Logical Fallacies

Just came across this website (which might have some relevance to some recent discussions in comment threads).  A funny look at all the different types of logical fallacies we see in arguments.  Many of you will really enjoy this– it’s pretty awesome.

Photo of the day

Ahh, more North Korea photos:

A guide shows the way in front of a portrait of late North Korea leader Kim Jong Il in the lobby of a factory making fruit juice, near the Daedonggang Fruit Farm, on the outskirts of Pyongyang, on April 10, 2012. (Reuters/Bobby Yip)

Liberal and conservative minds

Chris Mooney is at it again (damn, this guy sure knows how to do an all-out multi-media assault for a new book– perhaps I should take note), yesterday with a nice Op-Ed in the Post.  This particular version concentrates on a couple of “Big 5” Personality traits and how they are related to political ideology.  I found this particular part most interesting:

Perhaps most important, liberals consistently score higher on a personality measure called “openness to experience,” one of the “Big Five” personality traits, which are easily assessed through standard questionnaires. That means liberals tend to be the kind of people who want to try new things, including new music, books, restaurants and vacation spots — and new ideas.

“Open people everywhere tend to have more liberal values,” said psychologist Robert McCrae, who conducted voluminous studies on personality while at the National Institute on Aging at the National Institutes of Health.

Conservatives, in contrast, tend to be less open — less exploratory, less in need of change — and more “conscientious,” a trait that indicates they appreciate order and structure in their lives. This gels nicely with the standard definition of conservatism as resistance to change — in the famous words of William F. Buckley Jr., a desire to stand “athwart history, yelling ‘Stop!’ ”

I read this and thought, “whoa, that’ s not me” for the liberal description (and anybody who knows me well would surely think the same thing).  Generally, I don’t like change.  I find something I like and I stick with it.  Perhaps, this is why I’ve always felt like I was a liberal with a conservative personality.  Anyway, a little more investigation of this “openness to experience” dimension and some on-line tests, and I’m actually above average after all.  Looks like I get credit for liking new ideas and culture in general (e.g., books, art, etc.).  I guess I’m more open to experience than I realized.  I’m just not the least bit spontaneous and it really depends upon the experience.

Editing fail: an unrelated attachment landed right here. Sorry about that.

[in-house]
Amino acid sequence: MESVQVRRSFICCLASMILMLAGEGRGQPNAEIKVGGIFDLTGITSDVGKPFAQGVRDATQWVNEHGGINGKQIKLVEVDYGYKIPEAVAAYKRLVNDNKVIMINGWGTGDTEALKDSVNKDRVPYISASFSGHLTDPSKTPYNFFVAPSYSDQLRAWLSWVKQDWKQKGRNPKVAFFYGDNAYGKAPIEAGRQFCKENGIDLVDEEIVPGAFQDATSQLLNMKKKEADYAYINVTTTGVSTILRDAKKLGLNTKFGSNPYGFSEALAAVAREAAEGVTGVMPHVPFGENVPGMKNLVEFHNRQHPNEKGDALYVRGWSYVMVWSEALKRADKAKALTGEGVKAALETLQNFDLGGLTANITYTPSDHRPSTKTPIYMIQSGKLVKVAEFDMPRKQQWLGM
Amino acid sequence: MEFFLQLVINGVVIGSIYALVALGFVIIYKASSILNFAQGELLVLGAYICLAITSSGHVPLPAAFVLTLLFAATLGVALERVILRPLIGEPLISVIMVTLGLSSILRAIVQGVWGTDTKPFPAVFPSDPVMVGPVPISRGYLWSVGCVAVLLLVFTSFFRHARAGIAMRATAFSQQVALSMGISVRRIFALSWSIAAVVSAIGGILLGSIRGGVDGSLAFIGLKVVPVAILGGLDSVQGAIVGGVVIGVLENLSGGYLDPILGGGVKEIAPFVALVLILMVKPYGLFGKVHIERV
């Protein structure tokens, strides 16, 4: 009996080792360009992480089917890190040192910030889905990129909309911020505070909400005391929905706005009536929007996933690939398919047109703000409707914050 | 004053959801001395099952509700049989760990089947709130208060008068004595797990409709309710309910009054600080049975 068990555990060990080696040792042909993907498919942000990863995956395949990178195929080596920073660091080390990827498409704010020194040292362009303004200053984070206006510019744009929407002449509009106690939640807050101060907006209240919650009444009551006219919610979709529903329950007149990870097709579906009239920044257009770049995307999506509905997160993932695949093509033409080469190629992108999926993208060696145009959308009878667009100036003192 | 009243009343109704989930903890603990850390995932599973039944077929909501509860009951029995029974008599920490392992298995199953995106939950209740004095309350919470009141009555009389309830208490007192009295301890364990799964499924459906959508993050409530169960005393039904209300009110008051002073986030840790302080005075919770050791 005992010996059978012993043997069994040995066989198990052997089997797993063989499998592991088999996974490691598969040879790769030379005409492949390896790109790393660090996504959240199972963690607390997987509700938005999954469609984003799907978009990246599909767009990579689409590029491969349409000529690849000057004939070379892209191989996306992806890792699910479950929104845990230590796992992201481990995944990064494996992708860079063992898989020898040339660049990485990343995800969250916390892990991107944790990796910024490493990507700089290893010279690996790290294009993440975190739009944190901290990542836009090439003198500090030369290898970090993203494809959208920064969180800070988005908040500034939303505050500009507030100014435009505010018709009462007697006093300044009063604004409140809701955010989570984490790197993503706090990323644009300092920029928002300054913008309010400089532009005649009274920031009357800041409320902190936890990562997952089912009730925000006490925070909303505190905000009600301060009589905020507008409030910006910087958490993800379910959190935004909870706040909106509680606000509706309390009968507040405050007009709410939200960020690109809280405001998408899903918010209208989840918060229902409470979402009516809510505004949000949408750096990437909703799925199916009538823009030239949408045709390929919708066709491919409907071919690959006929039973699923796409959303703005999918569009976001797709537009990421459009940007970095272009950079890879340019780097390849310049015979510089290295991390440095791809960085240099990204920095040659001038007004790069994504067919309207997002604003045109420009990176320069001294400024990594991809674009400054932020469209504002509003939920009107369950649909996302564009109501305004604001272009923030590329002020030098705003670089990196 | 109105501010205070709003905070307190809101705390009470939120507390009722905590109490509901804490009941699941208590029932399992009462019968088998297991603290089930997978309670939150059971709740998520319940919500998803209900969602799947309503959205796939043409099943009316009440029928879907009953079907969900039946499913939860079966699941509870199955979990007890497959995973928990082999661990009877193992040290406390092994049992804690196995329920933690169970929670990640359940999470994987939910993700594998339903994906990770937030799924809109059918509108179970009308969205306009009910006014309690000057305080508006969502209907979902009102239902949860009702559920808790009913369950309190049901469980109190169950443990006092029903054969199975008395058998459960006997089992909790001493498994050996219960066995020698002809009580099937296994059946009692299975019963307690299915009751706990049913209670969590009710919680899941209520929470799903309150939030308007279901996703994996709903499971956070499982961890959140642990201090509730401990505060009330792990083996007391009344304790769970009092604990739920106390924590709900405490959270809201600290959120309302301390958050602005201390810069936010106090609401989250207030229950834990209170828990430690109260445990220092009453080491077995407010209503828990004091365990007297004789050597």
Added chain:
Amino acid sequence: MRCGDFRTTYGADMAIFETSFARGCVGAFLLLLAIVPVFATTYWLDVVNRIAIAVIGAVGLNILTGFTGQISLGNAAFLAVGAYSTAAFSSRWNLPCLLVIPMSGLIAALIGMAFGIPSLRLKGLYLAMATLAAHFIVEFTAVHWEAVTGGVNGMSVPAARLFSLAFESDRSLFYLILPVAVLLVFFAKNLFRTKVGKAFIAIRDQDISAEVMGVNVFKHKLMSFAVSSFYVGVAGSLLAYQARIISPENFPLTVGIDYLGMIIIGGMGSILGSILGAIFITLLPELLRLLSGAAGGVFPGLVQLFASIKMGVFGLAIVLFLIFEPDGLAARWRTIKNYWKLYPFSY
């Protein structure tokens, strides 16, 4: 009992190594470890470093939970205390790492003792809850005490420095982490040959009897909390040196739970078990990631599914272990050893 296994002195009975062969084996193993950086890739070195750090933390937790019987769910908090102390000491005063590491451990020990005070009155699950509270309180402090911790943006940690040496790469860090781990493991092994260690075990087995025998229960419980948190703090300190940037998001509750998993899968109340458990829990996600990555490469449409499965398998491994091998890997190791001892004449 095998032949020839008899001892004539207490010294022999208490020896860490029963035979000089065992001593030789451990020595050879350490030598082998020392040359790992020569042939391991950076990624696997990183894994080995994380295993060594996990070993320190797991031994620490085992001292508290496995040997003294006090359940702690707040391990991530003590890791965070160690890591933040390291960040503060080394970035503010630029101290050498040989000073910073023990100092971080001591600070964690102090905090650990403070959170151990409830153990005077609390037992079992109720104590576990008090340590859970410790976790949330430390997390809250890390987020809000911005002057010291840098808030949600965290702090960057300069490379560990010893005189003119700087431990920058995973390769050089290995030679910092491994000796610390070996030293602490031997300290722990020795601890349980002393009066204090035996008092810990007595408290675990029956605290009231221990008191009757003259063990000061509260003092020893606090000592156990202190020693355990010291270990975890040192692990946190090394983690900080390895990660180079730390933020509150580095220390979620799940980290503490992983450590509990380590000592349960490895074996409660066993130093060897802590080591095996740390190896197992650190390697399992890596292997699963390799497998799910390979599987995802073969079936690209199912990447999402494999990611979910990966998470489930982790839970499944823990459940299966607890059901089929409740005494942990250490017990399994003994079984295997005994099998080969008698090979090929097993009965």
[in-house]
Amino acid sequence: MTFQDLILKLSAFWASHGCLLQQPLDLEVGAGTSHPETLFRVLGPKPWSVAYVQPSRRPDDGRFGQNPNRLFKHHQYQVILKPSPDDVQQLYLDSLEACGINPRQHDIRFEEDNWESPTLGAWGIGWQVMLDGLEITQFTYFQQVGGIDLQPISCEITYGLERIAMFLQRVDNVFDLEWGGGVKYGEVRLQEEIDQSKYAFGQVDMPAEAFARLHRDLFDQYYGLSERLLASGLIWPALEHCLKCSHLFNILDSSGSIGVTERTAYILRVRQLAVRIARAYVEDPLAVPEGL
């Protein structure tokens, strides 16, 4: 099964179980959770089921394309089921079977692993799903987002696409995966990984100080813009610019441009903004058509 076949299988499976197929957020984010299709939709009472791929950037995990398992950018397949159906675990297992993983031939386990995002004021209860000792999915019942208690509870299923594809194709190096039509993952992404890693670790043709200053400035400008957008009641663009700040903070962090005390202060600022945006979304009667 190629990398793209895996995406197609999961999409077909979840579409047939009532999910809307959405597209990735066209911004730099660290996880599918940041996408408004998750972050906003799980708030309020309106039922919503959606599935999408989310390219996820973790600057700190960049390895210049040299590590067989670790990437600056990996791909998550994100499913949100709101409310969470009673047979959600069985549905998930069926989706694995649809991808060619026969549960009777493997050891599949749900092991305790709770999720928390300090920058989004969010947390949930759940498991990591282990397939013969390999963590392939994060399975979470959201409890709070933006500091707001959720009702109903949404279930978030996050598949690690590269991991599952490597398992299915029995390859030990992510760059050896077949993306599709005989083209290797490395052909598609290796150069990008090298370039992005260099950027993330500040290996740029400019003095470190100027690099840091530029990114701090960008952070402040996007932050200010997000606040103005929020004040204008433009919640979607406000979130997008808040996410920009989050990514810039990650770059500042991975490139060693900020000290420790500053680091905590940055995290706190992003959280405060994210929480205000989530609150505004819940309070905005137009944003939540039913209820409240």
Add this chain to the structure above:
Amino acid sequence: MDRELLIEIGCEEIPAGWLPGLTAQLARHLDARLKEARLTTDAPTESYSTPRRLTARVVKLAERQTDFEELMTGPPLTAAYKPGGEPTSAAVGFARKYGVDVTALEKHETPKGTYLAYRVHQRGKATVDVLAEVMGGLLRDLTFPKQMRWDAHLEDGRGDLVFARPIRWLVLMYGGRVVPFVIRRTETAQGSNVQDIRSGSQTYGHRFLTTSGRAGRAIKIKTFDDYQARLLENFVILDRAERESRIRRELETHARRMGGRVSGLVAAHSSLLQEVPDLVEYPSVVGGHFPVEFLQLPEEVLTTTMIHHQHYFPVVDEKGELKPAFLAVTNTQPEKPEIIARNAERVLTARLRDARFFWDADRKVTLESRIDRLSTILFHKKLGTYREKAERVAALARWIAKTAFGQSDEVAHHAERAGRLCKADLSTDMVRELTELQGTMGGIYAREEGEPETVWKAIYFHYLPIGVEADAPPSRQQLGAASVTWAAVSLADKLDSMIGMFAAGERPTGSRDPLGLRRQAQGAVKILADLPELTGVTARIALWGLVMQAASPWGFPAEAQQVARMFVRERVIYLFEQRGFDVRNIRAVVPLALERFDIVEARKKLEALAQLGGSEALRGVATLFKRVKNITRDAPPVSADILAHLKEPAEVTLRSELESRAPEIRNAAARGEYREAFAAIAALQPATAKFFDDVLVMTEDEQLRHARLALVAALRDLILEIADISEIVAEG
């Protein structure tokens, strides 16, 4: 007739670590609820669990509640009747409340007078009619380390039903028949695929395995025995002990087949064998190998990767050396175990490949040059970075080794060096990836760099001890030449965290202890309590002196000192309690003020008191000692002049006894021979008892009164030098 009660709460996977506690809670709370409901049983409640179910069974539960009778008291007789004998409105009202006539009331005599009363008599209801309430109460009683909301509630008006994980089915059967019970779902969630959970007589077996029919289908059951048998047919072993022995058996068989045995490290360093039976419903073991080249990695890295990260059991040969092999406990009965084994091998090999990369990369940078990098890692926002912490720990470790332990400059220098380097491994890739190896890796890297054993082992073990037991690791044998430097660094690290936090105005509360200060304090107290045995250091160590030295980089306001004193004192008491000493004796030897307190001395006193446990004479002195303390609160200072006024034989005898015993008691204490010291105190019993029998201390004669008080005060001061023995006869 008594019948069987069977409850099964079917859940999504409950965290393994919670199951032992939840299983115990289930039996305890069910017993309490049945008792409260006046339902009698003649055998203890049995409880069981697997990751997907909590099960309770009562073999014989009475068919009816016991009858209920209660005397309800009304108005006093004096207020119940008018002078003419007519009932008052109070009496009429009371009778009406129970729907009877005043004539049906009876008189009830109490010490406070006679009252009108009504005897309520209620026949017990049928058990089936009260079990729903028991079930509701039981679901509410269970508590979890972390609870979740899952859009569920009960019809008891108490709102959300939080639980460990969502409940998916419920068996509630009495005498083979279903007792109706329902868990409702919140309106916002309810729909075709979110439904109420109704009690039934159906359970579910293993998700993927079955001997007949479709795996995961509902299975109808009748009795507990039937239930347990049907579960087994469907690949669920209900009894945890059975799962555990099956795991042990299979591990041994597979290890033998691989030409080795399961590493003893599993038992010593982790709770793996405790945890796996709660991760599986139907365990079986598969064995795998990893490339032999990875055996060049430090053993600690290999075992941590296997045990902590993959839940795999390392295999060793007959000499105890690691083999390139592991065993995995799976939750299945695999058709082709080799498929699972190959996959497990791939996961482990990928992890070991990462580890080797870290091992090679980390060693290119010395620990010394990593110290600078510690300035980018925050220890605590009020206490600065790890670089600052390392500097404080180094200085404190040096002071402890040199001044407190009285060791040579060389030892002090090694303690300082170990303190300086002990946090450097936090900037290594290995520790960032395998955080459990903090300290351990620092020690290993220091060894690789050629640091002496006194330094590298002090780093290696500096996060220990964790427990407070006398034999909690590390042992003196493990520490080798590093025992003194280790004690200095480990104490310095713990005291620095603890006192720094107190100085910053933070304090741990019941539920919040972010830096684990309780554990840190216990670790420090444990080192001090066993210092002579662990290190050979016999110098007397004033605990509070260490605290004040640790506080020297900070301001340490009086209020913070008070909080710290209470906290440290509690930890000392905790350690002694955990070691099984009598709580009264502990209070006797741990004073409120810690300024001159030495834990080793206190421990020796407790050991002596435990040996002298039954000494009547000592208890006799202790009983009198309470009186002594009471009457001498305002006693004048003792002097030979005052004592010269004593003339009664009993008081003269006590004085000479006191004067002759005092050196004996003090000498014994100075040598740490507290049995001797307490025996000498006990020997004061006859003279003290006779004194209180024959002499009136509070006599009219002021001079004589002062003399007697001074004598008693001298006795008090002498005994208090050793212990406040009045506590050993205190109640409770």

Political Science and the Tea Party

So, spent a few days in Chicago for the annual meeting of the Midwest Political Science Association.  A good time was had by all.  I was on a really interesting panel (not because of my paper) about the Tea Party and public opinion.  A really impressive paper (not yet publicly available– I’ll definitely blog on it when they get it up on the website), found voluminous and persuasive evidence for racial resentment in driving the political opinions of Tea party supporters.  My favorite example: under George Bush racial attitudes had no relationship at all with opinions on the deficit.  Under Obama, racial opinions suddenly strongly predict your opinion on the deficit if you are a tea party supporter.  Hmmmm.  On another panel I heard about a list experiment where95% of tea party supporters endorsed the statement “Obama is deliberately trying to ruin America.”  Yowza.

Also found time to enjoy Chicago and the fabulous Shedd Aquarium.

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